Revolut, a fintech company, has acknowledged that it was the subject of a highly targeted assault that gave hackers access to the private information of tens of thousands of clients.
An “unauthorized third party acquired access to the information of a small fraction (0.16%) of our clients
over a brief period of time,” Revolut spokesperson Michael Bodansky told TechCrunch.
Late on September 10 Revolut found the unauthorized access, and the next morning the incident had been contained.
To successfully reduce its effects, the assault was quickly discovered and isolated, and those customers who were impacted have been notified, according to Bodansky. Customers who didn’t get an email weren’t affected, either.
Revolut, which holds a banking license in Lithuania, declined to provide specific customer numbers. According to its website, the firm has over 20 million clients; 0.16% of 20 million would equal to 32,000 clients. Revolut claims that 50,150 users were affected by the breach, including 20,687 clients in the European Economic Area and 379 Lithuanian individuals, according to the company’s breach notice to the authorities in Lithuania, which was originally noted by Bleeping Computer.
Although Revolut assured TechCrunch that no money was accessed or taken in the incident, it also failed to specify what kinds of data were accessed. No card data, PINs, or passwords were obtained, the business claimed in a statement to impacted consumers that was posted to Reddit.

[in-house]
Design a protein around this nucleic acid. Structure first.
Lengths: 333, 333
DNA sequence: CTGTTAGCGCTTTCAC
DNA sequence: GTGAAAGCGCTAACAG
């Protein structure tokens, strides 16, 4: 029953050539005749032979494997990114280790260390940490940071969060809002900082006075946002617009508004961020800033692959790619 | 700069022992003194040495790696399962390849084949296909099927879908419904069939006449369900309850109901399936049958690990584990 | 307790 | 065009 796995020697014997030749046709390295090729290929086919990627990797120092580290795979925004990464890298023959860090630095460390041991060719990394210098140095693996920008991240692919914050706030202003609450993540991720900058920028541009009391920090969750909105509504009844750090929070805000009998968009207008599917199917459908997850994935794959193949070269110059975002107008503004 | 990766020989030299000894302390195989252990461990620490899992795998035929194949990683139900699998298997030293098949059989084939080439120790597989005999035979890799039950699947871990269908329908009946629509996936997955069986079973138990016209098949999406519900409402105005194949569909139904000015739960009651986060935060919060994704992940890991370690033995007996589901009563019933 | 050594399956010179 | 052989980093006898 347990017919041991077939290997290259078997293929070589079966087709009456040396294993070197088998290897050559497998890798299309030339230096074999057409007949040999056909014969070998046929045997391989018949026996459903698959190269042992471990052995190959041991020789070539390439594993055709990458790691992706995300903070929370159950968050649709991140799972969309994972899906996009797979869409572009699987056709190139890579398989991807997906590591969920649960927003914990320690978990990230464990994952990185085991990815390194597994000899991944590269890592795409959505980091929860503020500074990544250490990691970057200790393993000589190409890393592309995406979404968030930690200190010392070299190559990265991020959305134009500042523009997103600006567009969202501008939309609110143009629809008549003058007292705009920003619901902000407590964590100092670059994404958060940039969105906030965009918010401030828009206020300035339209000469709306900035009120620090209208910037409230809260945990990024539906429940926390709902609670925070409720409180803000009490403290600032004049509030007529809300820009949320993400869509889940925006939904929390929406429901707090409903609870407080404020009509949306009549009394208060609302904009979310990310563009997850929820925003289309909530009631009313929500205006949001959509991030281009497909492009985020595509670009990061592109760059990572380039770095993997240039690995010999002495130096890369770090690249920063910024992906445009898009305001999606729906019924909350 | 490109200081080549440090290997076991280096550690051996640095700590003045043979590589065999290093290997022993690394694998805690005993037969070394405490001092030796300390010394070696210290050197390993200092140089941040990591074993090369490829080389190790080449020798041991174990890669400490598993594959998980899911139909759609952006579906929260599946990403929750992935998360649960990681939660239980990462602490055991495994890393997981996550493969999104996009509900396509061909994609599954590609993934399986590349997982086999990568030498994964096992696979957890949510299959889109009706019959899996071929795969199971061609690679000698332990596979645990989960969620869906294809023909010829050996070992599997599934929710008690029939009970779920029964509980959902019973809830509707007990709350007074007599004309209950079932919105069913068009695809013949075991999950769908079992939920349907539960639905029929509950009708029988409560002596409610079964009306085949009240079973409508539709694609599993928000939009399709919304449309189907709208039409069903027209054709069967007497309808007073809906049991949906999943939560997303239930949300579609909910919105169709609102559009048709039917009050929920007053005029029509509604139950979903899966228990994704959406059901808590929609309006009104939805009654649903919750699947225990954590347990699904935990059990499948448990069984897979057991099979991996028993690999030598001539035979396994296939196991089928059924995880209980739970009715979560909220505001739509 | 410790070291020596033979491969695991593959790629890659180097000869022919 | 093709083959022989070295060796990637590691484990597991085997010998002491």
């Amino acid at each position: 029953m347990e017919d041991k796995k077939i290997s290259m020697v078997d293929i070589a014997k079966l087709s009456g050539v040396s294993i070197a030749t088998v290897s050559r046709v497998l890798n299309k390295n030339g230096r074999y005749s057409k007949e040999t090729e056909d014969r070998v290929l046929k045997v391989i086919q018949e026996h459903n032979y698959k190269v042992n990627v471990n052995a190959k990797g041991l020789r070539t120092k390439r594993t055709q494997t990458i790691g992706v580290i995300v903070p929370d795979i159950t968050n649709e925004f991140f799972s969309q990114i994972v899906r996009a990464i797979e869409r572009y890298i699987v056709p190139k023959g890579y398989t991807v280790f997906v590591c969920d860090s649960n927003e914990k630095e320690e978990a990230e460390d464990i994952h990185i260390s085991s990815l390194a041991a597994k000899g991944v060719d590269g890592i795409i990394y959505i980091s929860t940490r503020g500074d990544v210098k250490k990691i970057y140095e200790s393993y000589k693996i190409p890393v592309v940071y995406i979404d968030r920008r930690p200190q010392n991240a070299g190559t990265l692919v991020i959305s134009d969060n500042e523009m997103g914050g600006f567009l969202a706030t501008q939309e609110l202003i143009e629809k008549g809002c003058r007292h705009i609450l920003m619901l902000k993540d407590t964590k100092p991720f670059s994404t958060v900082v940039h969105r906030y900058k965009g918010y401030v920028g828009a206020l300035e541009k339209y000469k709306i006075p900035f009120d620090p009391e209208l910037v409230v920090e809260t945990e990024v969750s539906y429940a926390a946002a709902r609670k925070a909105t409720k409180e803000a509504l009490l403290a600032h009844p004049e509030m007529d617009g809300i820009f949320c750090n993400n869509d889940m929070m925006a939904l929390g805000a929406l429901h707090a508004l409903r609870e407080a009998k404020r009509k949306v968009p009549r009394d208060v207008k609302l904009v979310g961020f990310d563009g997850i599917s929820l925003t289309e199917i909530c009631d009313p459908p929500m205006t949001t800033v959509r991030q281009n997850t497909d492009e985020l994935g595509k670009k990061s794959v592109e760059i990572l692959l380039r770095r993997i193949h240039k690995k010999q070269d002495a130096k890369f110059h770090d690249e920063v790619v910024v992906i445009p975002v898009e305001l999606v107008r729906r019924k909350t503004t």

However, the breach revelation claims that partial card payment data, along with customer names, addresses, email addresses, and phone numbers, were probably acquired by hackers.
According to the revelation, the threat actor employed social engineering techniques to access the Revolut database, which generally entails convincing a worker to divulge private information like their password. Recent assaults on a number of well-known firms, such as Twilio, Mailchimp, and Okta, have increasingly used this strategy.
Revolut recommended users to be cautious when receiving any message addressing the breach since it appears to have started a phishing effort as a result of the breach. The business warned clients that it wouldn’t phone or SMS them to ask for login information or access codes.
As a precaution, Revolut has also assembled a specialized staff charged with keeping an eye on client accounts and ensuring the security of both money and data.
The protection of our clients and their data is our first concern at Revolut, according to Bodansky. “We take situations like this tremendously seriously, and we would like to sincerely apologize to any consumers who have been harmed by this occurrence,” he said.